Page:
Mexico, the company found award-winning actress Rosaura Revueltas, whose young career included
only a few films. They signed her to play Esperenza. But when the production arrived in Silver City, New
Mexico, in January 1953, it still lacked a male lead.
Clinton Jencks remembers the communityâ€™s initial response to the Hollywood attention. â€˜They found it
hard to believe that their lives were interesting enough to make a movie,â€™ says Jencks. â€˜I think we
romanticized the Hollywood people, and the Hollywood people romanticized us.â€™ Some locals pitched in
to help build a mine faÃ§ade on the ranch of Alford Roos, an elderly independent mine owner,
archeologist, explorer, writer, and rifle-toting Mohammedan with Jeffersonian political leanings. Roos
rented his land to the filmmakers for one dollar. Many other locals found roles in front of the camera.
Biberman hired the Roderick brothers, two lanky white miners from another union, to play redneck
deputies. Local 890 vice-president Ernesto Velasquez portrayed a union official. Jencks played the Anglo
representative from the unionâ€™s headquarters, his real-life role, and his activist wife, Virginia, played her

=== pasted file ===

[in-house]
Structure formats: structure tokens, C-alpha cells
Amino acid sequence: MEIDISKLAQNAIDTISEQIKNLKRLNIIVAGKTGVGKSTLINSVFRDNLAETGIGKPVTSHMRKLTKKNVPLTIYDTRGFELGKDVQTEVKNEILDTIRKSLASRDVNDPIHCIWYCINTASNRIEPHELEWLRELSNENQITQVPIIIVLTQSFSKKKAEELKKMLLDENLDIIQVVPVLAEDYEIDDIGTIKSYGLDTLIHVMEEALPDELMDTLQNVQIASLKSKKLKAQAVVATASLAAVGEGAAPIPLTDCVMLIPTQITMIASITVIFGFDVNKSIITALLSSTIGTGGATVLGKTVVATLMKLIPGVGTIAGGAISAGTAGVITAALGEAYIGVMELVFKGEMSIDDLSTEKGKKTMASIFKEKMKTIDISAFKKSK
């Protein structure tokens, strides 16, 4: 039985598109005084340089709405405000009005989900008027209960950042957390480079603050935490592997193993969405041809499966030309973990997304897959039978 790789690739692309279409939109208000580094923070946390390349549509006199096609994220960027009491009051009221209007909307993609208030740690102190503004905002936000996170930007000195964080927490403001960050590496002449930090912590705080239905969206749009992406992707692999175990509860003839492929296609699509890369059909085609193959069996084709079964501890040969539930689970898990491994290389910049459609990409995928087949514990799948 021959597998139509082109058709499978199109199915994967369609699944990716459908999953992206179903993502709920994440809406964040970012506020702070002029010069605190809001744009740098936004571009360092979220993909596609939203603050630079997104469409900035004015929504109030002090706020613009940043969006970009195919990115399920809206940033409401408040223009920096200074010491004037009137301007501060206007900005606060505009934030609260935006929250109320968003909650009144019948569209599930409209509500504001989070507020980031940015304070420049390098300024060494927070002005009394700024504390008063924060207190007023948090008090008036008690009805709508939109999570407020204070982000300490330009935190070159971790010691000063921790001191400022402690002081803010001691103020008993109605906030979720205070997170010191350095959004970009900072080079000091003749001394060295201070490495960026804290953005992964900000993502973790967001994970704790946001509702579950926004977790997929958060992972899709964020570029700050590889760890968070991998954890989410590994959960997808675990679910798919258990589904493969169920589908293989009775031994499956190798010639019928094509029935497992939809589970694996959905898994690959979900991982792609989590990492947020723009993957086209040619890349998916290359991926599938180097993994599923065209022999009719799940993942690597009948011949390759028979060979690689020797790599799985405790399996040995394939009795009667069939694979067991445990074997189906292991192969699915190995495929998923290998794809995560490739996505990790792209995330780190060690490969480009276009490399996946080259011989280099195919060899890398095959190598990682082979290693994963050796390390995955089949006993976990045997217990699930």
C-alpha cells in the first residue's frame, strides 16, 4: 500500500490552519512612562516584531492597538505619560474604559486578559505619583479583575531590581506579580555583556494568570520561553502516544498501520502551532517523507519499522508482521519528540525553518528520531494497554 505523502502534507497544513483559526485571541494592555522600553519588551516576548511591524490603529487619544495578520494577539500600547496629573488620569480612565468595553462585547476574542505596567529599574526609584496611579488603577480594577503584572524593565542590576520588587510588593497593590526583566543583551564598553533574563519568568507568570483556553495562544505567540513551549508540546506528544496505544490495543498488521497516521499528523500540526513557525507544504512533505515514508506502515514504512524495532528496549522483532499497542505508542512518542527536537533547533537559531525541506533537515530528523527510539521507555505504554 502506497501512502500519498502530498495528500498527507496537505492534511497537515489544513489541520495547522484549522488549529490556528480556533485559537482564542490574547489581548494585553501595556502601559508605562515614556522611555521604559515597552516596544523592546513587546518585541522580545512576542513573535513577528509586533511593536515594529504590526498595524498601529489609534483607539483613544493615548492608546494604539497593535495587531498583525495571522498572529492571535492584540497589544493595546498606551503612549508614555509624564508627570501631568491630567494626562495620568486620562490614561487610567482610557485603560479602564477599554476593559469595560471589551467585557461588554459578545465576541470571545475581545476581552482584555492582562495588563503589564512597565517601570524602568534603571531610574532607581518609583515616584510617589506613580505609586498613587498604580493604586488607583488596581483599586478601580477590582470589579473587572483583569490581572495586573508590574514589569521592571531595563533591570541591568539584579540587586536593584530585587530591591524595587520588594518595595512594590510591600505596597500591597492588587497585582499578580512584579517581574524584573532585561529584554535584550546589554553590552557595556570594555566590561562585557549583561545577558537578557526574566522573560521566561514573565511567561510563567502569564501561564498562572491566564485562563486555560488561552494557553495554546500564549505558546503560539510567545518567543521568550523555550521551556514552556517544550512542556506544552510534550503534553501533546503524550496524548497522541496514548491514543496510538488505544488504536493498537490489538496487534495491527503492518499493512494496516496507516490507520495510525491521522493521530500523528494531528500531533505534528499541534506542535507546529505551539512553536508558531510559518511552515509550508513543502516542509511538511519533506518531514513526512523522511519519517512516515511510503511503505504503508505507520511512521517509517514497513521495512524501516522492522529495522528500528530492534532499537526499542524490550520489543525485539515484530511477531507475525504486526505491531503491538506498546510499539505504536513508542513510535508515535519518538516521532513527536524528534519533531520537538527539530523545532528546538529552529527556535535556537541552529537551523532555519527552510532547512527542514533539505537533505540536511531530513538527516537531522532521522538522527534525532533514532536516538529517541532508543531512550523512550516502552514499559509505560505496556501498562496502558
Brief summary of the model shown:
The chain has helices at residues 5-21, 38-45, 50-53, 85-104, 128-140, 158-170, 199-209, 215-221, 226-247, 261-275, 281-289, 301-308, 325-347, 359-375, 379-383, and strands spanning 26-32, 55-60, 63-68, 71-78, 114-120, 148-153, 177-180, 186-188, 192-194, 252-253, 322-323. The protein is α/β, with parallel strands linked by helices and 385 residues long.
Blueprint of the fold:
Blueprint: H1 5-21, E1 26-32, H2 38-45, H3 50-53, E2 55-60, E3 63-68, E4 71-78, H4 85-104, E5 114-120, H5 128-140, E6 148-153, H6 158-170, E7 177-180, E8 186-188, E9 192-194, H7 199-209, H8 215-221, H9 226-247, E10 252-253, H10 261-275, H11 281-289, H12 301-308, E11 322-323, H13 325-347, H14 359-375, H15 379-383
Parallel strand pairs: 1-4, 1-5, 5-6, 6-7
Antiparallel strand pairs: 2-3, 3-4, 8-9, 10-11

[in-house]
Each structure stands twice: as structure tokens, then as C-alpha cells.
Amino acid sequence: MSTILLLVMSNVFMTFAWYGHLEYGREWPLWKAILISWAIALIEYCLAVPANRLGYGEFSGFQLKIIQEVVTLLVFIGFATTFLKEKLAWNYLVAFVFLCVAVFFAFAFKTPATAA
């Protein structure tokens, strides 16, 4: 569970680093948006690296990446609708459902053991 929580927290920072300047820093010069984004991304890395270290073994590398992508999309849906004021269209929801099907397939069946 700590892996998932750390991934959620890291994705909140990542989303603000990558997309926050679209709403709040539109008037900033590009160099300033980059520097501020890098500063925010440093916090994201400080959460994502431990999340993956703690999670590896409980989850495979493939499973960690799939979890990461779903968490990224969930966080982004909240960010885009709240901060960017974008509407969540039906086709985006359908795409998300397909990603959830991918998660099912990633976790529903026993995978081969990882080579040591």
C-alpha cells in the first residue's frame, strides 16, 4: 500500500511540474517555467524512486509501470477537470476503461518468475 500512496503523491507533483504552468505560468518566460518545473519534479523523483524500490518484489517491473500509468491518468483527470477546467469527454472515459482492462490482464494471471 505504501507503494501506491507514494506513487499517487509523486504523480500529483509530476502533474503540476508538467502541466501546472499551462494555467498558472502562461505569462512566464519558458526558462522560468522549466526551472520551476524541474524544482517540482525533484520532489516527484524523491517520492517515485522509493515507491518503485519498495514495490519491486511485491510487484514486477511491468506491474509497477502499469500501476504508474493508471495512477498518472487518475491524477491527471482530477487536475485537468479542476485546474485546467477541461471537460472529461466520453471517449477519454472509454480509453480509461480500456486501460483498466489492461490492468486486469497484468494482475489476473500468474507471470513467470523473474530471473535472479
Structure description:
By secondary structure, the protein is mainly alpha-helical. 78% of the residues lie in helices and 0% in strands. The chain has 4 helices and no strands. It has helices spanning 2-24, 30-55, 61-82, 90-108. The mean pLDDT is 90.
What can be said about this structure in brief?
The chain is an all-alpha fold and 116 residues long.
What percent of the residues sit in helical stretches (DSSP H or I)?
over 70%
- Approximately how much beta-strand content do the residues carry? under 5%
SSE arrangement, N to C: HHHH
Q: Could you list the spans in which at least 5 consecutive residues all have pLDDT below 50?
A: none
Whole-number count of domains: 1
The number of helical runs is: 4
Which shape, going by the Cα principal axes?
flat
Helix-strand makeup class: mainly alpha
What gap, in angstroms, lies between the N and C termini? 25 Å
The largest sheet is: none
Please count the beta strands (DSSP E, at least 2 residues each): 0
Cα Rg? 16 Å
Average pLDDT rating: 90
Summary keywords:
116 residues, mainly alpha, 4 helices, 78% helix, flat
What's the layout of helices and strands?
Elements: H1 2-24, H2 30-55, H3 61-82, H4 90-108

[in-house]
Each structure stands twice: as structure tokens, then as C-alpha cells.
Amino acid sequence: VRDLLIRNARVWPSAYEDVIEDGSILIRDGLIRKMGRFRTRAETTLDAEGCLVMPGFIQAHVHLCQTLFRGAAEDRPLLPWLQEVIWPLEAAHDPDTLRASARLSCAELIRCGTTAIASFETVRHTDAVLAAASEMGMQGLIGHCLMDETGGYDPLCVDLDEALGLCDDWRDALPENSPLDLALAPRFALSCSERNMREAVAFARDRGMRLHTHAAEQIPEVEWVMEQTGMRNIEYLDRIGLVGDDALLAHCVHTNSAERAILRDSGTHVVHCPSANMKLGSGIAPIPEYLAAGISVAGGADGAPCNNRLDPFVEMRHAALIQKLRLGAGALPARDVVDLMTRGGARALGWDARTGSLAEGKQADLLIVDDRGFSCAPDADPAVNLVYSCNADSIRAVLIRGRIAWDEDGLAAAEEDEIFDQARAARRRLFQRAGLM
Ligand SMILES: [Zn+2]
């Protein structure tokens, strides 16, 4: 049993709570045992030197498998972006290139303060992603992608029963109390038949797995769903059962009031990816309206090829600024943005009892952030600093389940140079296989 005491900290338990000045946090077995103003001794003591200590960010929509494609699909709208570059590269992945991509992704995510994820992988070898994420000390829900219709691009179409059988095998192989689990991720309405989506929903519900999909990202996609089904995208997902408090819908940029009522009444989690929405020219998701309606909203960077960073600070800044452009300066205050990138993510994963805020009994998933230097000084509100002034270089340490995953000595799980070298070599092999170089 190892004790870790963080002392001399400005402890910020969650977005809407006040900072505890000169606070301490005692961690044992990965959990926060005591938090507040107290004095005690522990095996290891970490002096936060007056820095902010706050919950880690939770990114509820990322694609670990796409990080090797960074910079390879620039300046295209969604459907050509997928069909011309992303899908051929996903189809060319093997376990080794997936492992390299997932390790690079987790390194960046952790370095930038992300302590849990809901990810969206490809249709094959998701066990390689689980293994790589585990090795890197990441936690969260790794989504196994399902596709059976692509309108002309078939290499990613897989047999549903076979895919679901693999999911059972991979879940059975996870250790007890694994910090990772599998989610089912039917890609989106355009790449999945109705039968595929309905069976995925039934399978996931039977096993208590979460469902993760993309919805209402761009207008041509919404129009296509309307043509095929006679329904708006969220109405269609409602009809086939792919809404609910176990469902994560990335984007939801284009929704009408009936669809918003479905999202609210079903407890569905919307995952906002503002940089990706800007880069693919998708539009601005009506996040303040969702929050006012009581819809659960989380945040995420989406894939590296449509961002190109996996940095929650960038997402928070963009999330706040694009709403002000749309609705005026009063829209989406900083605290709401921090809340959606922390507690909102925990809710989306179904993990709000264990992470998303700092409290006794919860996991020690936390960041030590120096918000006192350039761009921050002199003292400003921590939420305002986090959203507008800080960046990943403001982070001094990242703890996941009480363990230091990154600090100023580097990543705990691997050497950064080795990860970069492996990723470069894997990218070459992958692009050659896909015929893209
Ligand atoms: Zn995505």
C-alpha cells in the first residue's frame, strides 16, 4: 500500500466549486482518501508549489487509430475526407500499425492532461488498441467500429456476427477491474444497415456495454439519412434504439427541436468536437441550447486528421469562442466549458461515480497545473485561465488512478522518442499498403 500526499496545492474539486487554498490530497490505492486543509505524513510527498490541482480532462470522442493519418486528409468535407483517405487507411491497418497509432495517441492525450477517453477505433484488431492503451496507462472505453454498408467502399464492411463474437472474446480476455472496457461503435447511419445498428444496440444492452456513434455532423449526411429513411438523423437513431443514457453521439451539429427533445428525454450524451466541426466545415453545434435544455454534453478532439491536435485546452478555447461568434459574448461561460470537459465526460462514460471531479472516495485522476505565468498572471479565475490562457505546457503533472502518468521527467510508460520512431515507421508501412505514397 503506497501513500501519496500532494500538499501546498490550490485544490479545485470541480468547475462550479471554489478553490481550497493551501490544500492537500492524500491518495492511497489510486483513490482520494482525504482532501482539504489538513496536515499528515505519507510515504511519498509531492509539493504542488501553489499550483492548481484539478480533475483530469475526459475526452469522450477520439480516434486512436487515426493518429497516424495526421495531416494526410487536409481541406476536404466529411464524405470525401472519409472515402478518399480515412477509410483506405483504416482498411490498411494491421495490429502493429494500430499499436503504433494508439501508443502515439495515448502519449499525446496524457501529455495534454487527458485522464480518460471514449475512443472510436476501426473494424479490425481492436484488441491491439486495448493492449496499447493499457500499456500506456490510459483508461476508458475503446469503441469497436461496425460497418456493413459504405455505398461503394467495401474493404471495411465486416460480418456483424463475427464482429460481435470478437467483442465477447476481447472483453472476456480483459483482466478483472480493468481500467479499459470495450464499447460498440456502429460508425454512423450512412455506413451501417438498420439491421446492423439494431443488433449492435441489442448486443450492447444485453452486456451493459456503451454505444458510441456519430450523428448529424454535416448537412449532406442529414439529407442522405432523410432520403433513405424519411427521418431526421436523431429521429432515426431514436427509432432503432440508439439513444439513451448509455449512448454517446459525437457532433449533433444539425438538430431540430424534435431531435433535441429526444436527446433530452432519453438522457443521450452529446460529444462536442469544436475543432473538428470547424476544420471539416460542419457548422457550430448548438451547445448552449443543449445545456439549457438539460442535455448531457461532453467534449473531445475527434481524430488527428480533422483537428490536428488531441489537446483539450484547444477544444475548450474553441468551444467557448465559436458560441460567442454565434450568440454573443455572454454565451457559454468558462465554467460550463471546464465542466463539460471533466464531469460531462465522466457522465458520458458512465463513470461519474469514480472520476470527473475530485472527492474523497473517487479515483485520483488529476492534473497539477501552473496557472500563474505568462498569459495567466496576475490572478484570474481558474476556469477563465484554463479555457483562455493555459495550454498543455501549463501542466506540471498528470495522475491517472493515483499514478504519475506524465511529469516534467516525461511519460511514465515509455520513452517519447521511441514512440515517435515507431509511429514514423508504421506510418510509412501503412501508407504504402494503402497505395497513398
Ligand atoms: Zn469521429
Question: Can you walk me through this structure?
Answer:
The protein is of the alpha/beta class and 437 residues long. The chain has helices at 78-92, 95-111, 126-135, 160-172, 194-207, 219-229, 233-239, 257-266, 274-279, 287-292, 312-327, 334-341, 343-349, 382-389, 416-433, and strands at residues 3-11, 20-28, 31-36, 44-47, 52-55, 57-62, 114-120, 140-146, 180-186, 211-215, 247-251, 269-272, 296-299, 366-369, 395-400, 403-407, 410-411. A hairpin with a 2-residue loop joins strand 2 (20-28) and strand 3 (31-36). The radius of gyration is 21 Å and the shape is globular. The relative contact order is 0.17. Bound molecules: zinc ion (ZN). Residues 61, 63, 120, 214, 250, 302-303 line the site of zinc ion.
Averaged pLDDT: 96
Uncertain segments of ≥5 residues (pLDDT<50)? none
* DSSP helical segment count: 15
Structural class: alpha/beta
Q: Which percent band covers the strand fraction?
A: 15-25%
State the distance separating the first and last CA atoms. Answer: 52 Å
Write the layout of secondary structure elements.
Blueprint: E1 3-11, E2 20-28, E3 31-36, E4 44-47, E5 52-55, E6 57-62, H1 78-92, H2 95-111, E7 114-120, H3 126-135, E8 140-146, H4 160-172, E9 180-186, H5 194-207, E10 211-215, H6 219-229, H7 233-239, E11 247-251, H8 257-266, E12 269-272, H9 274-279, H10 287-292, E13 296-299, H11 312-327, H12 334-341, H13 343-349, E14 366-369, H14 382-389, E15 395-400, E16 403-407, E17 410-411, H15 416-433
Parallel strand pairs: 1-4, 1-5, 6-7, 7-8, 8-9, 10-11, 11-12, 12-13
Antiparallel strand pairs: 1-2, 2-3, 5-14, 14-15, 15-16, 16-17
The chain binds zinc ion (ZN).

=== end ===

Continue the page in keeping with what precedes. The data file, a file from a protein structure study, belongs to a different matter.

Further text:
counterpart on screen. The production cast other members of Local 890 as miners and their wives.
Juan Chacon was the unionâ€™s newly elected president, and both Revueltas and Bibermanâ€™s sister-in-law,
Sonja Dahl Biberman, suggested that the director consider him to play Ramon. The director thought that
â€˜Johnnyâ€™ Chacon was too gentle, too small, and too shy for the part, but he let him audition. Chacon
gave an unimpressive reading, but the women insisted he had potential. With only three weeks left until
shooting, the exasperated director finally decided to take a chance and cast Chacon as Ramon.
Throughout the shooting, Biberman marveled as Chacon grew into the part of Ramon. â€˜We found we
didnâ€™t have to â€˜actâ€™,â€™ Chacon would later write about the experience. â€˜El Biberman, as we came to call